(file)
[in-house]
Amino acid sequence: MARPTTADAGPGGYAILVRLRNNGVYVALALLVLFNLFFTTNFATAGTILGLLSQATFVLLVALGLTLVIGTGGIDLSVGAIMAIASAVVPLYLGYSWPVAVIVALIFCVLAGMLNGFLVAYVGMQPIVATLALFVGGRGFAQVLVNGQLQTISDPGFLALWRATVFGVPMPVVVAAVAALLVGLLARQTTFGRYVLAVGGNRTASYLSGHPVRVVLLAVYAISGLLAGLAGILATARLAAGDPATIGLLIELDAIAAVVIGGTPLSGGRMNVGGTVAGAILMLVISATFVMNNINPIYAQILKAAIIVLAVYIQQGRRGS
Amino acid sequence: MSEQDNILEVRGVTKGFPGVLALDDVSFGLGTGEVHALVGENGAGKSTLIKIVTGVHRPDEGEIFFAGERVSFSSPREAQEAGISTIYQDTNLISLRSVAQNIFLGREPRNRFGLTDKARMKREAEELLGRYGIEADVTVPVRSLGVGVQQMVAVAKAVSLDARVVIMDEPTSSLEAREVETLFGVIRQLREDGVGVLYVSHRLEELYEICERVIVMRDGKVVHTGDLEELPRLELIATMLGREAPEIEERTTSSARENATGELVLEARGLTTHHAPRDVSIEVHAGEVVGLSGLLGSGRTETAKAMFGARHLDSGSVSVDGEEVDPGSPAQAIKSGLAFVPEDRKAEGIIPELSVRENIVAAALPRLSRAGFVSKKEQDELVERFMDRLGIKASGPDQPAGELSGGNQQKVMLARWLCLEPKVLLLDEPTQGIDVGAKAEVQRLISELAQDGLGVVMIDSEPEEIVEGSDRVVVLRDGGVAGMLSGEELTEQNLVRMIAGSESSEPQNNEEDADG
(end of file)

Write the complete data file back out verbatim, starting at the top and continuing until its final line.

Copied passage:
[in-house]
Amino acid sequence: MARPTTADAGPGGYAILVRLRNNGVYVALALLVLFNLFFTTNFATAGTILGLLSQATFVLLVALGLTLVIGTGGIDLSVGAIMAIASAVVPLYLGYSWPVAVIVALIFCVLAGMLNGFLVAYVGMQPIVATLALFVGGRGFAQVLVNGQLQTISDPGFLALWRATVFGVPMPVVVAAVAALLVGLLARQTTFGRYVLAVGGNRTASYLSGHPVRVVLLAVYAISGLLAGLAGILATARLAAGDPATIGLLIELDAIAAVVIGGTPLSGGRMNVGGTVAGAILMLVISATFVMNNINPIYAQILKAAIIVLAVYIQQGRRGS
Amino acid sequence: MSEQDNILEVRGVTKGFPGVLALDDVSFGLGTGEVHALVGENGAGKSTLIKIVTGVHRPDEGEIFFAGERVSFSSPREAQEAGISTIYQDTNLISLRSVAQNIFLGREPRNRFGLTDKARMKREAEELLGRYGIEADVTVPVRSLGVGVQQMVAVAKAVSLDARVVIMDEPTSSLEAREVETLFGVIRQLREDGVGVLYVSHRLEELYEICERVIVMRDGKVVHTGDLEELPRLELIATMLGREAPEIEERTTSSARENATGELVLEARGLTTHHAPRDVSIEVHAGEVVGLSGLLGSGRTETAKAMFGARHLDSGSVSVDGEEVDPGSPAQAIKSGLAFVPEDRKAEGIIPELSVRENIVAAALPRLSRAGFVSKKEQDELVERFMDRLGIKASGPDQPAGELSGGNQQKVMLARWLCLEPKVLLLDEPTQGIDVGAKAEVQRLISELAQDGLGVVMIDSEPEEIVEGSDRVVVLRDGGVAGMLSGEELTEQNLVRMIAGSESSEPQNNEEDADG